This poet, whose carol sung round the earth –
Did he claim the Cell as the place of his birth ? –
Will rouse us for aye with his “Christian Awake,”
Till eternity’s morn on the ransomed shall break.
The extent of Mr Byrom’s library may be learned by the perusal of a catalogue of 249 pages, small quarto, which was printed in the year 1848, for “private distribution”, a copy of which may be seen in the King-street Free Reference Library, at Manchester, press mark 299, E79. As this catalogues states the library is in the possession of his lenient descendant and is preserved at Kersal Cell, Lancashire. We think it well to say that it was removed or dispersed on the death, about seventeen years ago of the late Miss Atherton, a descendant of the Byrom family. At the commencement of this catalogue we learn that it was prepared under the superintendence of Mr Rodd, as the library was “thought so curious and valuable as a transcript of his (Mr Byrom’s) mind studies, and many of his books contained in it are now seldom to be found, even in the most extensive libraries, that a catalogue of them has been prepared of which we view copies are now printed for the private distribution. Perhaps a more appropriate tribute could not be paid to the memory of one who was so learned, gifted, and benevolent than by exhibition to the world the varied stories from whence he drew the cultivation of his mind, the formation of his character, and the inspirations of his genius.” The catalogue is printed by Compton and Richie, Middle-street, Cloth Fair, London. A capital engraving of the Cell is given, but without the modern addition. (Here Charles Henry Stott lists many of the books kept in the library.
Byrom, we are told in Lancashire Worthies, by Francis Espinnage, died in ripe old age on the 9th September 1766 and was buried in what is now the Byrom Chapel of Manchester Cathedral.
But to return to the present of the Cell, being surrounded with curiosities, Mrs Barber seems to have acquired a taste for things that were current in the past, and which, when seen, make us almost imperceptible exclaim, Nous avons change tout cela! As, in addition to the old furniture, the ancient bedsteads, etc, this lady, the present tenant of Kersal Cell, has collected several hundred pieces of old china, and as each piece belongs to past ages, it is in itself full of interest, but to admirers of antiquity, what may seem to be a mistake may be seen in the drawing-room, where the old china is kept.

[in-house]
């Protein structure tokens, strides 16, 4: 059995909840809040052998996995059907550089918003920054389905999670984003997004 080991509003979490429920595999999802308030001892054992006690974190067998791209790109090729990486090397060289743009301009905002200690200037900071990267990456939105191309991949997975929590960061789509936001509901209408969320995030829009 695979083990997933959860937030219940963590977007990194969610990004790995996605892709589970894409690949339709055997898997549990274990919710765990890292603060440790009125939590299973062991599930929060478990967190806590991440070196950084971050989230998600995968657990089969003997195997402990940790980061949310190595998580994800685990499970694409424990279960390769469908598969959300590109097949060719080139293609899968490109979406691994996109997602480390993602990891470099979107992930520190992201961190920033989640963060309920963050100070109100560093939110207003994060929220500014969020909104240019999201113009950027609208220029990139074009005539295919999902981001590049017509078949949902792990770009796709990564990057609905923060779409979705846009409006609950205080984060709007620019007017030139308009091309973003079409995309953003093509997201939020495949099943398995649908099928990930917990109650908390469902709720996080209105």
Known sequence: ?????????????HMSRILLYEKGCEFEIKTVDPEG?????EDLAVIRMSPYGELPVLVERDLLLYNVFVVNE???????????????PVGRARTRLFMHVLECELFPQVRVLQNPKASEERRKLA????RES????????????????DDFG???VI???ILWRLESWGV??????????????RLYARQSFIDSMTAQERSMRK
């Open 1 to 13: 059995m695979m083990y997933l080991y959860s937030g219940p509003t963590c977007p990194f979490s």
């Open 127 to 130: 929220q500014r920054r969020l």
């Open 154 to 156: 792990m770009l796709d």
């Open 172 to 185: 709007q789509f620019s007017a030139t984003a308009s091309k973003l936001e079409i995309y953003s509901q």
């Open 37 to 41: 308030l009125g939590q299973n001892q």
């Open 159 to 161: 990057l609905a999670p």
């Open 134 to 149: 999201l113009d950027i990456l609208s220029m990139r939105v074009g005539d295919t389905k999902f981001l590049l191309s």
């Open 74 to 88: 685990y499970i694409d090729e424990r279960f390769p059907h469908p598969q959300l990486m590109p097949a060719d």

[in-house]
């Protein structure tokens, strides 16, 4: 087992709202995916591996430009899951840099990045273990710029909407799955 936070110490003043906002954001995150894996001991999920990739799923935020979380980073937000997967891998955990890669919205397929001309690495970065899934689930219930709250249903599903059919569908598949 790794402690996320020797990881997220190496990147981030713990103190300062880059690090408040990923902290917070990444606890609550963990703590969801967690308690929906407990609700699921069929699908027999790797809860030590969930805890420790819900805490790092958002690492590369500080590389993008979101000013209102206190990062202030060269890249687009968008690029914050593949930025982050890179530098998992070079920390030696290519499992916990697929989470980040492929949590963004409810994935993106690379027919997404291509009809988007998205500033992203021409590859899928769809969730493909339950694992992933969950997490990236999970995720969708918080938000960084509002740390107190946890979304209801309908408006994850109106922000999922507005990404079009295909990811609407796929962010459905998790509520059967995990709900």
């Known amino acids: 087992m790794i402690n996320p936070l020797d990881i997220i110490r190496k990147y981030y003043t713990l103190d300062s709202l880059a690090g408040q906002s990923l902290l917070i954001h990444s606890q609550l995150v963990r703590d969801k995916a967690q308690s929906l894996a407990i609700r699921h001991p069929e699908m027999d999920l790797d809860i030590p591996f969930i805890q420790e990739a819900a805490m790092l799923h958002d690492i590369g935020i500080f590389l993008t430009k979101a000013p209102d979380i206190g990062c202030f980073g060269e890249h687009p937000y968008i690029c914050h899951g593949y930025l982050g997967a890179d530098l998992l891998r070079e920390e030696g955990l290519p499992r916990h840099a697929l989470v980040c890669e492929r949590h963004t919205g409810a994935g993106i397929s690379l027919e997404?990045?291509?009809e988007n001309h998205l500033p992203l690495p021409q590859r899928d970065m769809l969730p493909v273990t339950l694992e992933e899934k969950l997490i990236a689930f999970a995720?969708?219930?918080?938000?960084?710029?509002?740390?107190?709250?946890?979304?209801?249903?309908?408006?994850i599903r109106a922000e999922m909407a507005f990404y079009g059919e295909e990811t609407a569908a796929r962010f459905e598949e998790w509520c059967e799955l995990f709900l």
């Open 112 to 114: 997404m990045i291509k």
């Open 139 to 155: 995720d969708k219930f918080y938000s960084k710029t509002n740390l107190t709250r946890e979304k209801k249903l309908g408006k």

It is some work in oil, the operations of Mrs Barber’s former pupils, who have painted on the oak floor of this room a border illustrating well known nursery rhymes, but although this work does credit to the pupils, and is worth inspection, some people may liken it to gilding gold. At some distance from the house there is a notice board, with the words “No Road,” but we have no doubt that those who have a particular desire to see this ancient residence, and to know something more of it than that which we have written, on a suitable application by letter, would obtain the requisite permission to view the place.
Mrs Barber, we may add, has made a very creditable translation from the French of Geraldine, un incident de la Revolution Anglaise, petit drame en deux actes pour la heuness, which we have had much pleasure in reading, and which we can recommend to managers of high schools and ladies’ colleges from dramatic entertainments, either in the English or the French language. It contains part of six young ladies and three boys.
It may not be without interest to say that Mrs Barber, to whom the school belongs, is the mother of the late Doctor Barber, who lost his life in the Transvaal war a few years ago, and which at the time caused much sensation. The doctor, who, with his assistant, was on his way to the field, under the auspices of the Red Cross, to attend to the wounded after the battle of Majuba, was arrested as an English spy, and was shot by an escort of the Boars.
More information from Kersel Cell can be found here